I mean, I frequently want novels I like to last longer, but in particular I wanted this novel to last longer at the outset, when I wasn’t even super invested in the various characters! The payoff would have been…immense.
As it were, there are very, very strong The Secret History vibes in this book except that the twist/answer is not given away at the start but revealed, slowly, over time. There’s been a murder, this much we know for certain. Oliver served time for the crime, but it’s entirely unclear (and highly probable) that he didn’t really do it. And in order to figure out who did, we have to travel back in time to that mythical land known as “an expensive arts college that has a drama program that starts with many students and dwindles down to 7 by senior year and they all do only Shakespeare,” aka “here is a college with the biggest most massive endowment you’ve ever seen.”
Let’s also get it out of the way at the outset: I’m 100% on board with the trope of “overly invested [Greek/drama/prep school/insert educational subset here] students go overboard and there is DRAMA,” because it is everything to me. The idea of these close knit, vaguely incestuous classmates who have been through it all: harrowing trenches (of Shakespeare), glorious highs (of Shakespeare), riotous laugher (of Shakespeare). The assignment of parts for the annual(!) gonzo(!!) Halloween production(!!!) of Macbeth is as much a shocker as the usual who-slept-with-whom questions the preoccupy normal fictional characters. I would have happily spent forever in that land.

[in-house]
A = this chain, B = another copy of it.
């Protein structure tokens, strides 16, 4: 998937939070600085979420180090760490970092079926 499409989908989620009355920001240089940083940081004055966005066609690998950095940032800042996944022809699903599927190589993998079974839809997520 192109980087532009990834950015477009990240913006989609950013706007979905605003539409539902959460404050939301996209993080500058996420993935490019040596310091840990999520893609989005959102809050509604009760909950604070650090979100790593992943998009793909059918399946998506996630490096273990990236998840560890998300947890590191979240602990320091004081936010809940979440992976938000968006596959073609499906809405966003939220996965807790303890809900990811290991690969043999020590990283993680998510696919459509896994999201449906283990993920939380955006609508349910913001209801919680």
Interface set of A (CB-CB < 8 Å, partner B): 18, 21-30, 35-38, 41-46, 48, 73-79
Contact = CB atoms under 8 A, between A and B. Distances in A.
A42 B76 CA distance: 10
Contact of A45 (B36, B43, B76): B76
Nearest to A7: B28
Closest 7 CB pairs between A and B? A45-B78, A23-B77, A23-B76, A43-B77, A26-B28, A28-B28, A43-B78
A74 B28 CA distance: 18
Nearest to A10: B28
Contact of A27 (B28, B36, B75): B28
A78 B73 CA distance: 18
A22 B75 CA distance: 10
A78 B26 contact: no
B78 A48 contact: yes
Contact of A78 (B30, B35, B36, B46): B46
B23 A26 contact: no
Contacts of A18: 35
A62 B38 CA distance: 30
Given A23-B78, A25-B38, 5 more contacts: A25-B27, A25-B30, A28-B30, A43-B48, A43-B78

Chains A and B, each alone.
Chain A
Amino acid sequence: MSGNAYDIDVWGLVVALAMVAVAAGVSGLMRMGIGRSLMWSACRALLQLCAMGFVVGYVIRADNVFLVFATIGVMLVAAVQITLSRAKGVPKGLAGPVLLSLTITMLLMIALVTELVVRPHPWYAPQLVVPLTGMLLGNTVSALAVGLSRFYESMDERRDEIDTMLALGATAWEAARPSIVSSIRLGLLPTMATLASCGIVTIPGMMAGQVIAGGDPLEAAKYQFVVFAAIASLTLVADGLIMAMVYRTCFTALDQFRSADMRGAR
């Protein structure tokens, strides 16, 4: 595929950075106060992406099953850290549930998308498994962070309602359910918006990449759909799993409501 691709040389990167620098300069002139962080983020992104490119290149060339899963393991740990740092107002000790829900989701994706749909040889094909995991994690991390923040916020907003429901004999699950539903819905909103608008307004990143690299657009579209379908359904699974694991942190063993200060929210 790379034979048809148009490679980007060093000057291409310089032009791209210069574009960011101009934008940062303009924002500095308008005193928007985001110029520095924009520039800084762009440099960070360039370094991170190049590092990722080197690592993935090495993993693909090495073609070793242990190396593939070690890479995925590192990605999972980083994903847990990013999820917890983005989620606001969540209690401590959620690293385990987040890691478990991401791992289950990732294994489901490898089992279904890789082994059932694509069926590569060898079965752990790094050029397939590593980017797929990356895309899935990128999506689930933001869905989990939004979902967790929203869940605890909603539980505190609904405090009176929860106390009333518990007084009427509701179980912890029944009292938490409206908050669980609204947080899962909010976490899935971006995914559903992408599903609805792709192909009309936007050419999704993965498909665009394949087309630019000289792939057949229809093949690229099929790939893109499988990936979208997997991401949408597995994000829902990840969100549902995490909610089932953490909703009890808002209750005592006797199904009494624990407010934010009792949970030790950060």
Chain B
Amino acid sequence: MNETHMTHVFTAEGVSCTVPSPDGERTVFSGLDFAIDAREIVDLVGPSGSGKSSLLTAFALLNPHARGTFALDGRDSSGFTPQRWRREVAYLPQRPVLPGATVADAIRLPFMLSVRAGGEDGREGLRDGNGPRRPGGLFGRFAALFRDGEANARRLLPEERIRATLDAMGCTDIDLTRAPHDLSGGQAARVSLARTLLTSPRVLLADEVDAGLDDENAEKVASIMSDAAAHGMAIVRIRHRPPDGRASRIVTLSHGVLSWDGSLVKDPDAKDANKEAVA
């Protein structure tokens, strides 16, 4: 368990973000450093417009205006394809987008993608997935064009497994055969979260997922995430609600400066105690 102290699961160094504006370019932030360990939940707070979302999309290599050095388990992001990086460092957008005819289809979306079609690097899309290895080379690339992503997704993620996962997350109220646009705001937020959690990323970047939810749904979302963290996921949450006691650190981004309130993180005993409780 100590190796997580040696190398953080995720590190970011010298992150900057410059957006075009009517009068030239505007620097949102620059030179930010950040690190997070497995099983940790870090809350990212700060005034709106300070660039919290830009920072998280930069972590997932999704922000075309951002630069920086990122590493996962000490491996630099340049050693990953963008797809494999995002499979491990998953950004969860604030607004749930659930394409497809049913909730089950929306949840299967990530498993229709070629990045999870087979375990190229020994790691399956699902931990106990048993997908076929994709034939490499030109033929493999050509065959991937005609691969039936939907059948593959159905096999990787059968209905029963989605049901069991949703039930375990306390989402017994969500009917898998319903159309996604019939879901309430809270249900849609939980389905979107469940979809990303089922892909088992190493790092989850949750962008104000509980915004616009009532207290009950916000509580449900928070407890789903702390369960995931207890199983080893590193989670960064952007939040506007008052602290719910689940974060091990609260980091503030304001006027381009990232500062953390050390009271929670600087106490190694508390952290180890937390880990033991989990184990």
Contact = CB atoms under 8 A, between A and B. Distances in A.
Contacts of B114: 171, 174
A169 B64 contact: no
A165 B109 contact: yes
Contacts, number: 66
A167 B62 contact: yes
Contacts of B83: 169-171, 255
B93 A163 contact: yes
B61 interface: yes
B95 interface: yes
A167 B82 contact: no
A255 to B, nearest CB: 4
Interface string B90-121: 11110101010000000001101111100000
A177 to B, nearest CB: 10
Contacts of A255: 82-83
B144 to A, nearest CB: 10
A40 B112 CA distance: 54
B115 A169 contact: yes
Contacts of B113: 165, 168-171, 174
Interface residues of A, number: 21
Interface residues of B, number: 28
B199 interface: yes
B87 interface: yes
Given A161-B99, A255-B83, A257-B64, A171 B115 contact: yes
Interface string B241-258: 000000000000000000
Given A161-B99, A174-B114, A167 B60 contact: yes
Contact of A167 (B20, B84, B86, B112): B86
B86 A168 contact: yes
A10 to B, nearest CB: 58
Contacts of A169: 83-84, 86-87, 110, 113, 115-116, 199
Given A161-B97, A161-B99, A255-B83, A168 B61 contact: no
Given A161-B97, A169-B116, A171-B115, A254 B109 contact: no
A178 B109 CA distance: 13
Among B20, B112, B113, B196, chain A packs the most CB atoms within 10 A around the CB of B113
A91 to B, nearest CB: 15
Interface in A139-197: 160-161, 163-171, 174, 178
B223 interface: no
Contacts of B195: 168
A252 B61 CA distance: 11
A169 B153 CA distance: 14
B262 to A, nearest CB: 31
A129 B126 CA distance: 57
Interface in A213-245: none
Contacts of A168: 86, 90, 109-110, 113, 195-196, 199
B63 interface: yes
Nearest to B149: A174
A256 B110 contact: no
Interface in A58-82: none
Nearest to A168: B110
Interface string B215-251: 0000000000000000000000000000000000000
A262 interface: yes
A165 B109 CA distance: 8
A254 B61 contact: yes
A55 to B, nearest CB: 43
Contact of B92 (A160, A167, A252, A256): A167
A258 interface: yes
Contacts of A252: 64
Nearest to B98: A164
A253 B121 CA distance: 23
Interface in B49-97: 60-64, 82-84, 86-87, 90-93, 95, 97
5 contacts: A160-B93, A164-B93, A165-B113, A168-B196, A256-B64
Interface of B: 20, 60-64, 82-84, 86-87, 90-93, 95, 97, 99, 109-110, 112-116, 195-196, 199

And therein lies the issue–I felt like we sped through their comradery such that the antagonism of Richard (the magnetic, the lion, the one who commands the stage without question) fell pretty flat. Rather than feel the slow fracturing of the group, the fear of Richard and his physicality (all 6’4″ of him), the loss of the family unit we were rushed into all of it. Richard and Meredith? They weren’t an Elizabeth Taylor/Richard Burton, it’s actually a difficult relationship and there’s secrets underneath and we’re learning all of this in one quick scene that makes you reevaluate everything you’ve seen before, and not in a good way.
But–I loved pretty much every minute, and was able to execute some mental gymnastics to expand on the length of time it took for our merry band of bards to fall to pieces. It all makes for a well crafted story and strong ending! [which I will say is not the usual bury your gays trope since the implication is meant to be that James is alive, right? right?].